World Library  
Flag as Inappropriate
Email this Article

Lick (music)

Article Id: WHEBN0000972095
Reproduction Date:

Title: Lick (music)  
Author: World Heritage Encyclopedia
Language: English
Subject: Impro-Visor, Scat singing, Fill (music), Flatpicking, Les Paul
Collection:
Publisher: World Heritage Encyclopedia
Publication
Date:
 

Lick (music)

In popular music genres such as rock or jazz music, a lick is "a stock pattern or phrase" [2] consisting of a short series of notes that is used in solos and melodic lines and accompaniment. Licks in rock and roll are often used through a formula, and variations technique in which variants of simple, stock ideas are blended and developed during the solo.

In a jazz band, a lick may be performed during an improvised solo, either during an accompanied solo chorus or during an unaccompanied solo break. Jazz licks are usually original short phrases which can be altered so that they can be used over a song's changing harmonic progressions.

Similar concepts

A lick is different from the related concept of a riff in that riffs can also include repeated chord progressions. Licks are usually associated with single-note melodic lines rather than chord progressions. However, like riffs, licks can be used as the basis of an entire song. Single-line riffs or licks used as the basis of Western classical music pieces are called ostinatos. Contemporary jazz writers also use riff- or lick-like ostinatos in modal music and Latin jazz.

A lick can be a hook, if the lick meets the definition of a hook: "a musical idea, a passage or phrase, that is believed to be appealing and make the song stand out", and "catch the ear of the listener".[3] A lick may be incorporated into a fill, which is a short passage played in the pause between phrases of a melody.

For musicians, learning a lick is usually a form of imitation. Imitating style is as important as learning the appropriate scale over a given chords.[4] By imitating, musicians understand and analyze what others have done, which in turn allows them to build a vocabulary of their own.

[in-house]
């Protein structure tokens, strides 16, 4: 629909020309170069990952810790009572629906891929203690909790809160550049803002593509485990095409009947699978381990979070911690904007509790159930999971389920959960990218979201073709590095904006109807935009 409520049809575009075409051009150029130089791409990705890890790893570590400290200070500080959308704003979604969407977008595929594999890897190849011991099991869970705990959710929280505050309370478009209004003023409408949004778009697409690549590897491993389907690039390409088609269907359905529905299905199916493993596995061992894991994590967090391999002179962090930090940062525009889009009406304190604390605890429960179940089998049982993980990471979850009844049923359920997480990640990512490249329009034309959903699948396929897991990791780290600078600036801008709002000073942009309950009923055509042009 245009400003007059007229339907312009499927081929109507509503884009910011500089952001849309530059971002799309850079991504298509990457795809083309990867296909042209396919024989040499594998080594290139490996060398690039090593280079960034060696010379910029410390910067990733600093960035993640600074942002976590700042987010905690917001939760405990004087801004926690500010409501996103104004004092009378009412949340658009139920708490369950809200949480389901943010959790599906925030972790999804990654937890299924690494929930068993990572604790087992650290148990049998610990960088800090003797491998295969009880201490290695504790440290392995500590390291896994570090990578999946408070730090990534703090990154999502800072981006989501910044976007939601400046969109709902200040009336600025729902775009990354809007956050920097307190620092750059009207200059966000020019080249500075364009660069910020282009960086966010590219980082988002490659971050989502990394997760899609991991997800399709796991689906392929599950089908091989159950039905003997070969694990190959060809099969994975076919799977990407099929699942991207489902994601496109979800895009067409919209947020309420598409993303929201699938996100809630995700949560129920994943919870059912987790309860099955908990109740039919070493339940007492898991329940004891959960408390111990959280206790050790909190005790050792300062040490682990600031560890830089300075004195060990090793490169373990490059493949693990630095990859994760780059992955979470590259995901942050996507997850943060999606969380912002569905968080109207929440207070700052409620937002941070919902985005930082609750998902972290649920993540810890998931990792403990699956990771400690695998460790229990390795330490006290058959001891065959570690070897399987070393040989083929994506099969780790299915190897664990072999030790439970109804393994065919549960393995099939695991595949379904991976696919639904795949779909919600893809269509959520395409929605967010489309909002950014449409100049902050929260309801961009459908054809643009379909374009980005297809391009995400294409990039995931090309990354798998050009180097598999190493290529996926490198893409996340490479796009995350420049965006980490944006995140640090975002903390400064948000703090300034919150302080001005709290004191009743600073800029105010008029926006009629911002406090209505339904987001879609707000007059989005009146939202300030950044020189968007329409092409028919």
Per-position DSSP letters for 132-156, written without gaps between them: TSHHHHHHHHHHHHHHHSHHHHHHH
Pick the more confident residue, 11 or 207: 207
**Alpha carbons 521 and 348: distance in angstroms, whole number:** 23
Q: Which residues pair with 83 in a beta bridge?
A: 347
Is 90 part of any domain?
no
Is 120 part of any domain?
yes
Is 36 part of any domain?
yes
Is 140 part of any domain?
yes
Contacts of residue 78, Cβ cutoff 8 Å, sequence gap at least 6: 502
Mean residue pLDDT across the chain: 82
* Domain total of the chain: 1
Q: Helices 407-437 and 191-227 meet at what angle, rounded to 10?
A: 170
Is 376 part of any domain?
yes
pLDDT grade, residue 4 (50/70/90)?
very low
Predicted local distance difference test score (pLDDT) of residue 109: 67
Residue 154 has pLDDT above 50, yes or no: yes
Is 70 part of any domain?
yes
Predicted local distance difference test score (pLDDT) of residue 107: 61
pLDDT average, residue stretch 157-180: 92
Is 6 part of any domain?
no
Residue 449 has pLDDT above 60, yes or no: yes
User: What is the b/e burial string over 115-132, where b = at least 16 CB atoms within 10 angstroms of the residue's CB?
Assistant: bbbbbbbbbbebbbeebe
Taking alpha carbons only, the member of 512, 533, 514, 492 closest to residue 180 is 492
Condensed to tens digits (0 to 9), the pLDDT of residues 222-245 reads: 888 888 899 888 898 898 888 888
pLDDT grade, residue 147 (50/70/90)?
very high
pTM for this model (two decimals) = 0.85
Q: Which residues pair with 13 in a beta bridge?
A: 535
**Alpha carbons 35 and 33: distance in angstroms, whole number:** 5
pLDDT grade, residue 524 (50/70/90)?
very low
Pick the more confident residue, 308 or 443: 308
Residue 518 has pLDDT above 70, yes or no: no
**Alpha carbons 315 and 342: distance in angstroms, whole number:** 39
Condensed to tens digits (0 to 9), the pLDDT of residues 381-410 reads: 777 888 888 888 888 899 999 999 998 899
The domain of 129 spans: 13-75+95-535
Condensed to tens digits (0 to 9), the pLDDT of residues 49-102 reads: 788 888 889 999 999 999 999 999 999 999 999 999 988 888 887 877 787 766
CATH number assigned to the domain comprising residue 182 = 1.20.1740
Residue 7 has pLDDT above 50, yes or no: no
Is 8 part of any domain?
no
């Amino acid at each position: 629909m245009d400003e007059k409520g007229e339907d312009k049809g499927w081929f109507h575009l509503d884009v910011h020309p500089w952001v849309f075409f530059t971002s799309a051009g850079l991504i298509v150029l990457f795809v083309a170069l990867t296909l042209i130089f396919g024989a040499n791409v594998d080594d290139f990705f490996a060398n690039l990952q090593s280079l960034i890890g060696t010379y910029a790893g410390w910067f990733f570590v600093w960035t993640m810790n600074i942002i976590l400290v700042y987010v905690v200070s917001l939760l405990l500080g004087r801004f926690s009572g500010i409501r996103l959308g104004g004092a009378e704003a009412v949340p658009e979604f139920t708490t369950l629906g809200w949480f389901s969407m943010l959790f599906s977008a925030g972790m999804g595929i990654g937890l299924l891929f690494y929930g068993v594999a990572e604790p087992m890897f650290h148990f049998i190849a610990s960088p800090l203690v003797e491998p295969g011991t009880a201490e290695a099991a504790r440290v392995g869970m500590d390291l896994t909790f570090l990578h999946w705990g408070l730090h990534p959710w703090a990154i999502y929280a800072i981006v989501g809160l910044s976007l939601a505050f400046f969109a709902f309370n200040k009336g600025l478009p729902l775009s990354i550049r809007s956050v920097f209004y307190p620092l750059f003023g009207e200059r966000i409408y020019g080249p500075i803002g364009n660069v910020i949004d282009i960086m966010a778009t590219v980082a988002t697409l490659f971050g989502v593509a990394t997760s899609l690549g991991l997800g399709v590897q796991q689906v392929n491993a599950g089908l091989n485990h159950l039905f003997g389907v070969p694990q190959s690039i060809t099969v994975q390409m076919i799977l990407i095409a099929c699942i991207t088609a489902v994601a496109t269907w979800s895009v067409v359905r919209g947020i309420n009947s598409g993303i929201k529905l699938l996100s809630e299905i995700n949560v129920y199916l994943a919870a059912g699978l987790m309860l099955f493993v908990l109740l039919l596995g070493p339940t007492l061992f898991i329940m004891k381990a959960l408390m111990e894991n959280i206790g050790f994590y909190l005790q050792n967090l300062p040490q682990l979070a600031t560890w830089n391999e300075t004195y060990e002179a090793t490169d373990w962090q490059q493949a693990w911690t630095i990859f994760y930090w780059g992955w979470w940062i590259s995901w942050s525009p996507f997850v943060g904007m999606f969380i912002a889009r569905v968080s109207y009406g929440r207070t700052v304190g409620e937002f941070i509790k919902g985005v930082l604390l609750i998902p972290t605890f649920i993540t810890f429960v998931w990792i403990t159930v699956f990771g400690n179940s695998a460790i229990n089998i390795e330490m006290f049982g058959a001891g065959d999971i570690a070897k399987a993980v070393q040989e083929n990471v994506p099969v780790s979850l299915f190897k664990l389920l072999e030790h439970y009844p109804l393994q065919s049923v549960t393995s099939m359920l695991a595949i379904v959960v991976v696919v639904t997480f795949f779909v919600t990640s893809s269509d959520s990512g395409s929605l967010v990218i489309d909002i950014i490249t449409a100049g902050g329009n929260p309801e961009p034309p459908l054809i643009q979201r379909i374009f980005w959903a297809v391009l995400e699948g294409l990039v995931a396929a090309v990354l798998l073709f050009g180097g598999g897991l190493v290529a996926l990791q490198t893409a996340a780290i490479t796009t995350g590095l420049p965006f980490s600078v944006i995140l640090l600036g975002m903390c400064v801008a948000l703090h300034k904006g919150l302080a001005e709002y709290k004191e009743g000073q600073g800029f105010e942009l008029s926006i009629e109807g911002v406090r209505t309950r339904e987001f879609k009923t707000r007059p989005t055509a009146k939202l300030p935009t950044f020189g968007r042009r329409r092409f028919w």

See also

Sources

  1. ^ Sokolow, Fred (1997). Complete Country Guitar Book, p.9. ISBN 978-0-7866-2841-4.
  2. ^  
  3. ^ Covach, John. "Form in Rock Music: A Primer", in Stein, Deborah (2005). Engaging Music: Essays in Music Analysis, p.71. New York: Oxford University Press. ISBN 0-19-517010-5.
  4. ^ Rengel, Matias T. (2011), Licks for Everyone, Boston, p. 137,  
This article was sourced from Creative Commons Attribution-ShareAlike License; additional terms may apply. World Heritage Encyclopedia content is assembled from numerous content providers, Open Access Publishing, and in compliance with The Fair Access to Science and Technology Research Act (FASTR), Wikimedia Foundation, Inc., Public Library of Science, The Encyclopedia of Life, Open Book Publishers (OBP), PubMed, U.S. National Library of Medicine, National Center for Biotechnology Information, U.S. National Library of Medicine, National Institutes of Health (NIH), U.S. Department of Health & Human Services, and USA.gov, which sources content from all federal, state, local, tribal, and territorial government publication portals (.gov, .mil, .edu). Funding for USA.gov and content contributors is made possible from the U.S. Congress, E-Government Act of 2002.
 
Crowd sourced content that is contributed to World Heritage Encyclopedia is peer reviewed and edited by our editorial staff to ensure quality scholarly research articles.
 
By using this site, you agree to the Terms of Use and Privacy Policy. World Heritage Encyclopedia™ is a registered trademark of the World Public Library Association, a non-profit organization.
 


Copyright © World Library Foundation. All rights reserved. eBooks from Project Gutenberg are sponsored by the World Library Foundation,
a 501c(4) Member's Support Non-Profit Organization, and is NOT affiliated with any governmental agency or department.